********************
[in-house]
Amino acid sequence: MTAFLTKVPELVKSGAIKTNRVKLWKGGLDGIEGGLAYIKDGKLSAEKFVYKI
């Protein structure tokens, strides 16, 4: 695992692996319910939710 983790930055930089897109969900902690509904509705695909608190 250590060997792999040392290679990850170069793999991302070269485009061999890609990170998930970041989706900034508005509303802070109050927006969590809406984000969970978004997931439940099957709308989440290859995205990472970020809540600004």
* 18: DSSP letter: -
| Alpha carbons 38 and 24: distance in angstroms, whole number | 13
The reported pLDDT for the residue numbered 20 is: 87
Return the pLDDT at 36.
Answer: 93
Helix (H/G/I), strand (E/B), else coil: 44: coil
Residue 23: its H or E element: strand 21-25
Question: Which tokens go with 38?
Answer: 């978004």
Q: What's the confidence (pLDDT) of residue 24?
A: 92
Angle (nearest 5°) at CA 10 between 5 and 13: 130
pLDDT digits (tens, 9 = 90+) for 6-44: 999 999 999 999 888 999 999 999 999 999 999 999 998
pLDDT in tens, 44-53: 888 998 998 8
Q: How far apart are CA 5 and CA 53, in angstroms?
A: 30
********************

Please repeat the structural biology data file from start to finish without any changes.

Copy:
[in-house]
Amino acid sequence: MTAFLTKVPELVKSGAIKTNRVKLWKGGLDGIEGGLAYIKDGKLSAEKFVYKI
């Protein structure tokens, strides 16, 4: 695992692996319910939710 983790930055930089897109969900902690509904509705695909608190 250590060997792999040392290679990850170069793999991302070269485009061999890609990170998930970041989706900034508005509303802070109050927006969590809406984000969970978004997931439940099957709308989440290859995205990472970020809540600004």
* 18: DSSP letter: -
| Alpha carbons 38 and 24: distance in angstroms, whole number | 13
The reported pLDDT for the residue numbered 20 is: 87
Return the pLDDT at 36.
Answer: 93
Helix (H/G/I), strand (E/B), else coil: 44: coil
Residue 23: its H or E element: strand 21-25
Question: Which tokens go with 38?
Answer: 């978004």
Q: What's the confidence (pLDDT) of residue 24?
A: 92
Angle (nearest 5°) at CA 10 between 5 and 13: 130
pLDDT digits (tens, 9 = 90+) for 6-44: 999 999 999 999 888 999 999 999 999 999 999 999 998
pLDDT in tens, 44-53: 888 998 998 8
Q: How far apart are CA 5 and CA 53, in angstroms?
A: 30